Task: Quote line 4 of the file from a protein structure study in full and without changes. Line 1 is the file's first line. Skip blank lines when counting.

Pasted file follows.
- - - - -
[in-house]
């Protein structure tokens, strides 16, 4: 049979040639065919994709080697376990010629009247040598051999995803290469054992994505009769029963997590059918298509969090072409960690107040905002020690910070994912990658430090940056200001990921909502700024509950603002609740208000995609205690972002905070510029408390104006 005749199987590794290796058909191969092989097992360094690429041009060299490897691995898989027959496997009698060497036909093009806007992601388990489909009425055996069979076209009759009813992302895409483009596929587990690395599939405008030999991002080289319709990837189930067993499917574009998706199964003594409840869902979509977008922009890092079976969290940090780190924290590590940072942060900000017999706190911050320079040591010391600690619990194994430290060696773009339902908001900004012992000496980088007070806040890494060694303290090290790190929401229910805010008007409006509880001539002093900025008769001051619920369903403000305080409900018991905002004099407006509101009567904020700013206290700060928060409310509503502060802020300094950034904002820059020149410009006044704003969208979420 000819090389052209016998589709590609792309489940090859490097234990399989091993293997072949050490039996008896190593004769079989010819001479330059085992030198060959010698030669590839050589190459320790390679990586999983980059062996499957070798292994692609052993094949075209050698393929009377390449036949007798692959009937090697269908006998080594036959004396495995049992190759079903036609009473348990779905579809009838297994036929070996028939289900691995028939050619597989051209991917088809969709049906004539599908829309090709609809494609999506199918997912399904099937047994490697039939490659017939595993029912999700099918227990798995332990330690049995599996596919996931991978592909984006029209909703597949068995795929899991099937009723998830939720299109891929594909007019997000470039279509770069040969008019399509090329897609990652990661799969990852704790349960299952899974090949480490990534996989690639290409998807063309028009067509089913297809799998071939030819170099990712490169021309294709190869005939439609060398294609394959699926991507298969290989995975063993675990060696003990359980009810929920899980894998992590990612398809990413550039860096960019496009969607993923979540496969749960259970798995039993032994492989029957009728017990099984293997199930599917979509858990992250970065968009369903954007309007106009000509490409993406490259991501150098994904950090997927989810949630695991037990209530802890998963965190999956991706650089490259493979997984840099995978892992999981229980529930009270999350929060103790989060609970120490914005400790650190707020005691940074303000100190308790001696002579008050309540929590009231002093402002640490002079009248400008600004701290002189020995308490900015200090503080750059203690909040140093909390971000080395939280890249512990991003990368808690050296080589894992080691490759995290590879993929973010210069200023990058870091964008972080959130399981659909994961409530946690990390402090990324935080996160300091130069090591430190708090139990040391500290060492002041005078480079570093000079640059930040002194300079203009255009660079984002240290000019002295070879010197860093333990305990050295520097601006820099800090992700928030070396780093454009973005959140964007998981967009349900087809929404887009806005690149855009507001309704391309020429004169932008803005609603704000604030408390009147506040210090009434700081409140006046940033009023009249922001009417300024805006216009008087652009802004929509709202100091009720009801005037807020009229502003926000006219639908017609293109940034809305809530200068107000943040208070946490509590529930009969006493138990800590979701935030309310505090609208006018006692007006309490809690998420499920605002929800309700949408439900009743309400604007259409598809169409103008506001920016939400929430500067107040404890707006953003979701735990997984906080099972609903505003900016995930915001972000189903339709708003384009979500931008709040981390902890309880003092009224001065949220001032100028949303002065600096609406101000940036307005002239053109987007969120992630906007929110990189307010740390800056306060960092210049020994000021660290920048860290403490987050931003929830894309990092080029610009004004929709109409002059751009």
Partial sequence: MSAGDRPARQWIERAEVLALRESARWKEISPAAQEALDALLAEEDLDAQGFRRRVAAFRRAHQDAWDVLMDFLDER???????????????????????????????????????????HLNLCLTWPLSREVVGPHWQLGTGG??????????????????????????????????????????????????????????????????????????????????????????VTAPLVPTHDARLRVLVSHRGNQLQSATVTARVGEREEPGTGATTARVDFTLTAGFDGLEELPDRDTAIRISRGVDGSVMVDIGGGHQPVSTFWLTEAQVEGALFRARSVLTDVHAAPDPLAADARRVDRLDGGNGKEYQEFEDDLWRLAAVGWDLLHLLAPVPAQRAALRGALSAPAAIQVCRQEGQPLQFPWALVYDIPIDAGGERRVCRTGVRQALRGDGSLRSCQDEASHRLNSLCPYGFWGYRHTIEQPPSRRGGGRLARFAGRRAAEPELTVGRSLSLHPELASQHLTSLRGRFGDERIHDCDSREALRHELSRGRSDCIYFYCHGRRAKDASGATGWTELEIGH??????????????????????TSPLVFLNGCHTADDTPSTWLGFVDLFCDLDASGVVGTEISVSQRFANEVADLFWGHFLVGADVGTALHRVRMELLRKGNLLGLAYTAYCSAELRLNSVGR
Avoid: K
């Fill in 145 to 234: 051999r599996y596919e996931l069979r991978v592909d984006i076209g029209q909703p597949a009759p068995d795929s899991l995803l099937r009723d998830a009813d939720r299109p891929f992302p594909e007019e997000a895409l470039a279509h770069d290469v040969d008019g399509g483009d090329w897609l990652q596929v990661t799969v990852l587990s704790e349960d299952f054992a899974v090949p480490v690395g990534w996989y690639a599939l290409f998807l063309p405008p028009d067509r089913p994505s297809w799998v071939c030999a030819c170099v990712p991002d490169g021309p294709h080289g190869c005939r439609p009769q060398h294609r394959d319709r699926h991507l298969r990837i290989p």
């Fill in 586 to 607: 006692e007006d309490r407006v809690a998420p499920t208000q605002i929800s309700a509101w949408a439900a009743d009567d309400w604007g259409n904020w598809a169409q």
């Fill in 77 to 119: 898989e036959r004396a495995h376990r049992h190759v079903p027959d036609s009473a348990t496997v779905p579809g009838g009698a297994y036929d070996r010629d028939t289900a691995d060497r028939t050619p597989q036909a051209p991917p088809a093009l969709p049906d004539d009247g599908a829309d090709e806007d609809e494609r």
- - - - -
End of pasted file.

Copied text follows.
Avoid: K